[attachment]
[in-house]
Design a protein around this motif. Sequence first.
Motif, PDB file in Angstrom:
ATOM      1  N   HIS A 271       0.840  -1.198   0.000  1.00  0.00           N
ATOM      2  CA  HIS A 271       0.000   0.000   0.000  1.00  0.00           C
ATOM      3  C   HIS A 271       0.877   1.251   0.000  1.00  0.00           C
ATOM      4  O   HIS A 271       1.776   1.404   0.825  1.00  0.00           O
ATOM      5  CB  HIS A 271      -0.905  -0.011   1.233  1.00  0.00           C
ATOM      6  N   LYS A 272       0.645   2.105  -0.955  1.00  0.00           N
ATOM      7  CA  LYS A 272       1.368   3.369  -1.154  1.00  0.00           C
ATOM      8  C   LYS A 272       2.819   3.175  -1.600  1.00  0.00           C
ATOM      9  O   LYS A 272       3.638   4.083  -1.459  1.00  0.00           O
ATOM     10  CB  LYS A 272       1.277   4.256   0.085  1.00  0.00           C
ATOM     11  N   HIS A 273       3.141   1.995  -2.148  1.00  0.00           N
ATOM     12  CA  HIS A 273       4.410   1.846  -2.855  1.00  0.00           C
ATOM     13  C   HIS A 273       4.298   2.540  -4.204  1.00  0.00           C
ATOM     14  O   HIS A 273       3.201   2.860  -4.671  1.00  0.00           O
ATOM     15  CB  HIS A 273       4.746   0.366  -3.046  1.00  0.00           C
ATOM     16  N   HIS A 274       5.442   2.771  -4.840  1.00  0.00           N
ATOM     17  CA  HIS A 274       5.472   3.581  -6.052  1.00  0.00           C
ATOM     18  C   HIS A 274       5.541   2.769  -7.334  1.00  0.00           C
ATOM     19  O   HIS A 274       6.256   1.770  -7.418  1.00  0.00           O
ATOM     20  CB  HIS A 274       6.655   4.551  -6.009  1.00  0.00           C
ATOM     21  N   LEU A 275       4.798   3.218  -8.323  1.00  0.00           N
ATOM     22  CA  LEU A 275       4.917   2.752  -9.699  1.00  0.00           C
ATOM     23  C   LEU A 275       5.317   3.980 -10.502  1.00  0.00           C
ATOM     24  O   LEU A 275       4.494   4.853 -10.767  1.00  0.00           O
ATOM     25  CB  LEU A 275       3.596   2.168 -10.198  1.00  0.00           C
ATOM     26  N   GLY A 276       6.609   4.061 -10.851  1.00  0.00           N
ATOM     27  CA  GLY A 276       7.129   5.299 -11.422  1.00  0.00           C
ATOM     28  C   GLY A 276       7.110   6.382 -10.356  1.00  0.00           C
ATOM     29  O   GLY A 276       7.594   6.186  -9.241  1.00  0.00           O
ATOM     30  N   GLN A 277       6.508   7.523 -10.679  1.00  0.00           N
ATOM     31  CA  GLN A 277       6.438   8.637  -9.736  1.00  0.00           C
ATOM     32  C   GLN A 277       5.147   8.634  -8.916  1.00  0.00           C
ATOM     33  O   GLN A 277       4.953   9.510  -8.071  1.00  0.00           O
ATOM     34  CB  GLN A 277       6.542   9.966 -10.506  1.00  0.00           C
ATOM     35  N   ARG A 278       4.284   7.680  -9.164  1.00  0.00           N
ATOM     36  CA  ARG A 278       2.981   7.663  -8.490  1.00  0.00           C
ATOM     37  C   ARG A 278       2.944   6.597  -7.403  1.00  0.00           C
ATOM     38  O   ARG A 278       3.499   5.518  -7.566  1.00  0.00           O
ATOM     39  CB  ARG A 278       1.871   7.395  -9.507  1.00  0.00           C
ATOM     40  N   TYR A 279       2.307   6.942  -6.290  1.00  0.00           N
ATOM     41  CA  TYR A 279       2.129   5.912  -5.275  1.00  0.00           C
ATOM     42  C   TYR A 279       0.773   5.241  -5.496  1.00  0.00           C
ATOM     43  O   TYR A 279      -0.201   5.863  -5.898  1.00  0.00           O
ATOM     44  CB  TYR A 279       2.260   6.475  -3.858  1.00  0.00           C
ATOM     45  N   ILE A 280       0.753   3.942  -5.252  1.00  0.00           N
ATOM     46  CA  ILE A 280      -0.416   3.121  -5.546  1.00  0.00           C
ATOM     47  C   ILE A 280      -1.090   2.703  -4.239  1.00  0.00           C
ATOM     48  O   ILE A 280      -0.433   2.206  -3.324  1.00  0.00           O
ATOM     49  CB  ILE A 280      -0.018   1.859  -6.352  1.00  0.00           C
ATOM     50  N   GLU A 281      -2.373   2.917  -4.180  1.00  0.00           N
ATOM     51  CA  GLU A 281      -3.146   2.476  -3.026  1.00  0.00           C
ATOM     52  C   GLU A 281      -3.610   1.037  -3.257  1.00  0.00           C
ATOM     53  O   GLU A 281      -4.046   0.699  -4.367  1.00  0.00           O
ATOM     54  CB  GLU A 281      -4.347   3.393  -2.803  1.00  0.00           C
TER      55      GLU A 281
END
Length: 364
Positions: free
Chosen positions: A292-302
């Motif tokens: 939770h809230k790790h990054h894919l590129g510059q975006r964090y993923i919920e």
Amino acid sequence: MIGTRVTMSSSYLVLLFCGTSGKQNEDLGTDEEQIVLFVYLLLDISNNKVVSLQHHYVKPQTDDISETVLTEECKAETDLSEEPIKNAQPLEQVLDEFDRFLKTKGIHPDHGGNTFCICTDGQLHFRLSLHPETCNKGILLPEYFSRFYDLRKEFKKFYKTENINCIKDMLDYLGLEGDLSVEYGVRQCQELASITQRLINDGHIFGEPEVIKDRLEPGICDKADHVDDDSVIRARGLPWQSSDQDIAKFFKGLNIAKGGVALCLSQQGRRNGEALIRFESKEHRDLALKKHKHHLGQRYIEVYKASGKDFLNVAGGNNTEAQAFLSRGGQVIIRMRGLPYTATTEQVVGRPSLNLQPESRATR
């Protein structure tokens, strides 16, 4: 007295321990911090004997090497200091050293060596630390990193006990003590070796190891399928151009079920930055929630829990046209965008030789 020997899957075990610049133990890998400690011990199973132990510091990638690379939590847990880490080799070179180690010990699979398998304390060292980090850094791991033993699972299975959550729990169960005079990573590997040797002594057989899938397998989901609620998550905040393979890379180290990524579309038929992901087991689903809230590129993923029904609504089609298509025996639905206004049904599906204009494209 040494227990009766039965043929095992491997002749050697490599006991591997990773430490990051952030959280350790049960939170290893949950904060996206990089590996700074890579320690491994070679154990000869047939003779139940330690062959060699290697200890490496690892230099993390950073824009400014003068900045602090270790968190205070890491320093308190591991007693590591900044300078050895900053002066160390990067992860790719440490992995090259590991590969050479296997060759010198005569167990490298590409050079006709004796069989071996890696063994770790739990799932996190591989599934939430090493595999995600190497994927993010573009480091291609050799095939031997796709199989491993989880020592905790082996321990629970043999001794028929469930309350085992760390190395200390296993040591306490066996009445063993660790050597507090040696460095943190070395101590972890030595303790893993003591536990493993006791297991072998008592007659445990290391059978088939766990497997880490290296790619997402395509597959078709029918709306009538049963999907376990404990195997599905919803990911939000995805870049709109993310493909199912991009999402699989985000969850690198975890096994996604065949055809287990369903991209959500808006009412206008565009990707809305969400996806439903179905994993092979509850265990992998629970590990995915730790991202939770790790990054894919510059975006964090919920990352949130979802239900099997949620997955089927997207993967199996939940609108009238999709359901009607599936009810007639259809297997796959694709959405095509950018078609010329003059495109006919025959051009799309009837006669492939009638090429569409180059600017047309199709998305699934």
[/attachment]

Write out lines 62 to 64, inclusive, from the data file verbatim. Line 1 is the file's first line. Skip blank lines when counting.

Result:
Chosen positions: A292-302
């Motif tokens: 939770h809230k790790h990054h894919l590129g510059q975006r964090y993923i919920e």
Amino acid sequence: MIGTRVTMSSSYLVLLFCGTSGKQNEDLGTDEEQIVLFVYLLLDISNNKVVSLQHHYVKPQTDDISETVLTEECKAETDLSEEPIKNAQPLEQVLDEFDRFLKTKGIHPDHGGNTFCICTDGQLHFRLSLHPETCNKGILLPEYFSRFYDLRKEFKKFYKTENINCIKDMLDYLGLEGDLSVEYGVRQCQELASITQRLINDGHIFGEPEVIKDRLEPGICDKADHVDDDSVIRARGLPWQSSDQDIAKFFKGLNIAKGGVALCLSQQGRRNGEALIRFESKEHRDLALKKHKHHLGQRYIEVYKASGKDFLNVAGGNNTEAQAFLSRGGQVIIRMRGLPYTATTEQVVGRPSLNLQPESRATR